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3. 4.

98 EN Official Journal of the European Communities C 102/133

Before signing an agreement on harbours for the Paraguai-Parana waterway, did the Commission carry out an
assessment of the impact of the waterway on the environment and the region’s sustainable development?

(1) OJ C 391, 23.12.1997, p. 122.

Answer given by Mr Marı́n on behalf of the Commission


(29 September 1997)

The Commission adopted the decision to finance the project on 12 April 1996. It was then that it initiated the call
for tenders procedure to select a company to implement the project; this procedure was carried out parallel to the
procedures for signing the financing agreement.

The terms of reference of the study (of which the Honourable Member was informed in the Commission's answer
to Written Question No E-1689/97) call for a methodology that takes account of all the environmental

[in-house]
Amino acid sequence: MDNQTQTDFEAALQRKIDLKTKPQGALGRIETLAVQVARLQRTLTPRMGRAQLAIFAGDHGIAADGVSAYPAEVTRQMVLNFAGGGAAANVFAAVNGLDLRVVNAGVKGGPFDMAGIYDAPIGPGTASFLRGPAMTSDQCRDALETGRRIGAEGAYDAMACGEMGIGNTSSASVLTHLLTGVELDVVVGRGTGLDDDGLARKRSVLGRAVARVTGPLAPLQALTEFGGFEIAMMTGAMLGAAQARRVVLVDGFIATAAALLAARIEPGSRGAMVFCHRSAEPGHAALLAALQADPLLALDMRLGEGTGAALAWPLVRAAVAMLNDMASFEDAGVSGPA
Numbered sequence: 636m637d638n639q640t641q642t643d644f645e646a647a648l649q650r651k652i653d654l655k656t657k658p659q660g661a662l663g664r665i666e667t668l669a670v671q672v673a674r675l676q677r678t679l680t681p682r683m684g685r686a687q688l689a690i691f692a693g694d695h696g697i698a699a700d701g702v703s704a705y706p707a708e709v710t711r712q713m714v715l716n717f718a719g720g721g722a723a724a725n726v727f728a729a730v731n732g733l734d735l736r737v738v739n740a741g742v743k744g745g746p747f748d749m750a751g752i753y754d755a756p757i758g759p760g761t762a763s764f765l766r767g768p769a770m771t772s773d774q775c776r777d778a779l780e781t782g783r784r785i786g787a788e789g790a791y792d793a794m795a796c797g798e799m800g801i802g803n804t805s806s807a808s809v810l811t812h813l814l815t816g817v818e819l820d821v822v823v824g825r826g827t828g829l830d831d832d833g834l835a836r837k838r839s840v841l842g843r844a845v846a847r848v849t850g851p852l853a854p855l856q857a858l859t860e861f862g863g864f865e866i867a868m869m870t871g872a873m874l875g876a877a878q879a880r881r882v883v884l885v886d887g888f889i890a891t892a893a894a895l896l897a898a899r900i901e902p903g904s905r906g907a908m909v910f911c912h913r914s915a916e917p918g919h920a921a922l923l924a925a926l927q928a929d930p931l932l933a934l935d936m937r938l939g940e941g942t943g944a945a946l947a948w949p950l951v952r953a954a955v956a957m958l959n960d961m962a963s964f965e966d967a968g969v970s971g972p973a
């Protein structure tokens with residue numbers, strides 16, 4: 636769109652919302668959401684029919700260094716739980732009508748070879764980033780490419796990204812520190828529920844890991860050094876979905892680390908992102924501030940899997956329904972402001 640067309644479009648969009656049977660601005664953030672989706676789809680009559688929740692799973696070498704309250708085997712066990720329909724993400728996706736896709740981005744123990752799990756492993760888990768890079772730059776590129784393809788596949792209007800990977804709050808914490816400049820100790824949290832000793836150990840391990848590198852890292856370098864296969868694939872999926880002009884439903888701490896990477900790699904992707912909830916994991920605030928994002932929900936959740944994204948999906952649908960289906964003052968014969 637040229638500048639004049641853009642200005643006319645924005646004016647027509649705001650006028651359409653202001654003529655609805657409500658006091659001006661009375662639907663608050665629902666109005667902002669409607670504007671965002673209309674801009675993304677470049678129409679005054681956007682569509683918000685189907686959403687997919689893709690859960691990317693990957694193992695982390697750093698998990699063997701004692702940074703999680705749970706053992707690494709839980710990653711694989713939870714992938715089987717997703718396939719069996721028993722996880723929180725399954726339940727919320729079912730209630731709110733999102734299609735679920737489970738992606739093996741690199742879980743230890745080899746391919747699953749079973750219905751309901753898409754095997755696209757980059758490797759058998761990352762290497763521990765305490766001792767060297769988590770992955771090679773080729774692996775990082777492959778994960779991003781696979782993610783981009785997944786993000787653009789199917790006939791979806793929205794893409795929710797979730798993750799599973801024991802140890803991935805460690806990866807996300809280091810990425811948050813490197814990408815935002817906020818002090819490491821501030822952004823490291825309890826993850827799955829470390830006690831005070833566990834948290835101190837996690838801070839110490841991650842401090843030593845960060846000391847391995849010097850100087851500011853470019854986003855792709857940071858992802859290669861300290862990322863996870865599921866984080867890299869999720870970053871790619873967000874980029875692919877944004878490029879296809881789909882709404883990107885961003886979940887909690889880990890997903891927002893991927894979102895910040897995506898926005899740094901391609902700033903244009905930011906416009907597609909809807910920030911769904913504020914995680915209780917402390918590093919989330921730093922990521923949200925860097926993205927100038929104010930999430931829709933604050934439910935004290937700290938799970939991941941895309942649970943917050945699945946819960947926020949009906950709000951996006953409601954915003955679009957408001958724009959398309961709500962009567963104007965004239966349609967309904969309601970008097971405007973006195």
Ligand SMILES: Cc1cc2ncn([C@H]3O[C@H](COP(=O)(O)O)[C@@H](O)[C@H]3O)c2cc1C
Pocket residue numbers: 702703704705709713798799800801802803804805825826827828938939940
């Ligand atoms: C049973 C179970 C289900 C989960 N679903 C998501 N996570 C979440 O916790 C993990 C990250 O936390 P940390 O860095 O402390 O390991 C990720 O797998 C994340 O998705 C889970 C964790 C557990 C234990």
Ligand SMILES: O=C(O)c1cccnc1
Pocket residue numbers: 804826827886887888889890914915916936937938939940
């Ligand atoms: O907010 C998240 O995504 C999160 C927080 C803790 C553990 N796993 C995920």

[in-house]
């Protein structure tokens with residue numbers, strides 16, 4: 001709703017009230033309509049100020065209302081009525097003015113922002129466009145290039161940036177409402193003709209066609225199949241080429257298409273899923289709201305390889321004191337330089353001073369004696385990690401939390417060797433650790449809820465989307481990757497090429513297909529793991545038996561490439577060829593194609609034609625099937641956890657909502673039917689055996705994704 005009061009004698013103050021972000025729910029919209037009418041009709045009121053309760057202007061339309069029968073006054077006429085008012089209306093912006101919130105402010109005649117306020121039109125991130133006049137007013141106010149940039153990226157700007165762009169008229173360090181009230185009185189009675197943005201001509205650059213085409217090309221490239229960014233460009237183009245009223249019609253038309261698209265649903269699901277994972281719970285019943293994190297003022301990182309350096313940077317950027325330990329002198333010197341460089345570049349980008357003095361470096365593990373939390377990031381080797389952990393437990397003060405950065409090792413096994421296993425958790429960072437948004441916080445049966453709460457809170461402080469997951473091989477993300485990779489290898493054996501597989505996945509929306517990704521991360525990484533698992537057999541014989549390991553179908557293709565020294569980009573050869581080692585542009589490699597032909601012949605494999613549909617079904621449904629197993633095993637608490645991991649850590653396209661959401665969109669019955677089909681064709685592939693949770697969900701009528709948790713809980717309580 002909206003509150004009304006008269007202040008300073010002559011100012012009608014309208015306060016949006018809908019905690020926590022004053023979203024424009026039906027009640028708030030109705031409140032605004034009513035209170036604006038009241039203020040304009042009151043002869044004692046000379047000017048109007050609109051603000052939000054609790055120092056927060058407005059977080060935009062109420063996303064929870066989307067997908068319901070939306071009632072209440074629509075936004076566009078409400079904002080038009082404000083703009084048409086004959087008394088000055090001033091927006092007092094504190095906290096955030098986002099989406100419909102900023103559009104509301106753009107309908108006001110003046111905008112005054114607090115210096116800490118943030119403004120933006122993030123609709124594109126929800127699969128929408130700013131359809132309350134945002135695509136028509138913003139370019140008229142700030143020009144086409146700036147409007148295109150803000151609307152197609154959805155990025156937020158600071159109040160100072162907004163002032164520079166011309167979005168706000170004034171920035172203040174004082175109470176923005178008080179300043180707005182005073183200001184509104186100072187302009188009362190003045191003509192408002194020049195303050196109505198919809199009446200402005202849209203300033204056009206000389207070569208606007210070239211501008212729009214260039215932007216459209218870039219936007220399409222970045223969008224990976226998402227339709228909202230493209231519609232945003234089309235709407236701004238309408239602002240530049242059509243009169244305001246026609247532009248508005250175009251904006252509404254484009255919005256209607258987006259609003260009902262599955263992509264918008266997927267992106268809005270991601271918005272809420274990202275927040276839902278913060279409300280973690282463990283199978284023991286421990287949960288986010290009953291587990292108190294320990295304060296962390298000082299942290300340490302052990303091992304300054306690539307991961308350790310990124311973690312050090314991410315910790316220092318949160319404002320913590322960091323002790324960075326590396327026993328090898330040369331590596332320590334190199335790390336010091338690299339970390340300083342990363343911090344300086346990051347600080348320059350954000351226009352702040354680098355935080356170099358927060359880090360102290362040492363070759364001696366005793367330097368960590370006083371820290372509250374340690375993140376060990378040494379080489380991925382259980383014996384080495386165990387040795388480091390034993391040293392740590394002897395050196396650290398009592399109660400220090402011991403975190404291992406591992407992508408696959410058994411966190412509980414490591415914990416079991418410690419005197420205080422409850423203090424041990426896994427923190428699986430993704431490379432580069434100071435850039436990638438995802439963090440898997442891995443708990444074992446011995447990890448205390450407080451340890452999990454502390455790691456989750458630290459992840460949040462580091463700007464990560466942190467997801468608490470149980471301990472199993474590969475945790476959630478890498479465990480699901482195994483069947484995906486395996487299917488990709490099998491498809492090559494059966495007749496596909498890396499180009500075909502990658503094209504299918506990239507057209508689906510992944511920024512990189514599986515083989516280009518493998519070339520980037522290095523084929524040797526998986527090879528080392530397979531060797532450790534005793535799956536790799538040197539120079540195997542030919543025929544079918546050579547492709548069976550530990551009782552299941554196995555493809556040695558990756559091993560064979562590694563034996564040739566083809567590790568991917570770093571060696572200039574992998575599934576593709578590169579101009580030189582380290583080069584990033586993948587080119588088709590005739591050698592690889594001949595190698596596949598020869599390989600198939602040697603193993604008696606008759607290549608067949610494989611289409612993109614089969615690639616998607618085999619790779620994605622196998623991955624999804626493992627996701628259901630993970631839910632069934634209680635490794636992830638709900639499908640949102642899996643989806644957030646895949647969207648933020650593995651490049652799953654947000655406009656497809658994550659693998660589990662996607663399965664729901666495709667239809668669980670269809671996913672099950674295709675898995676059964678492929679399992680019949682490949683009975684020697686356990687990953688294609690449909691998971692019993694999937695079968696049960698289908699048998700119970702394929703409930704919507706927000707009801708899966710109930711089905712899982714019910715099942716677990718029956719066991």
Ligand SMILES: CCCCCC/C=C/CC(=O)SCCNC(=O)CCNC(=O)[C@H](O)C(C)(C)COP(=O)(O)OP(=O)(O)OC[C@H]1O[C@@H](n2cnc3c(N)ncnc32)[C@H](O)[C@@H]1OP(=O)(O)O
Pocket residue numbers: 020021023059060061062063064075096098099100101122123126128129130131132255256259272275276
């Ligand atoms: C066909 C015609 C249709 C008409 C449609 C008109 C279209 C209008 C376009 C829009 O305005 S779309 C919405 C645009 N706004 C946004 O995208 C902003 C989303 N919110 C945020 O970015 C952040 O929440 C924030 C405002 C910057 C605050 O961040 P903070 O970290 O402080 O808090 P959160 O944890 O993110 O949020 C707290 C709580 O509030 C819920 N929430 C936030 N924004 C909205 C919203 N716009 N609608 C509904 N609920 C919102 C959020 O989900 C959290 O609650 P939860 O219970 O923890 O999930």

information available as well as a description of the project and the main forms of impact it may have. All aspects
of the natural environment affected will be identified, as will any aspect that may generate an impact at any stage
of the project's implementation. Identification and assessment of potential impact will be based on a critical
analysis specifying, among other things, the nature and intensity of impact, the degree of correction needed, its
synergetic action and its duration so that it can be appropriately categorised.

As to the third question, the fact is that the waterway already exists, even if its rate of use is very low compared to
that of European rivers. The development of the ports will facilitate more modern, rational use of the waterway
that takes better account of the ecosystem. The Commission studies, analyses and impact assessments preceding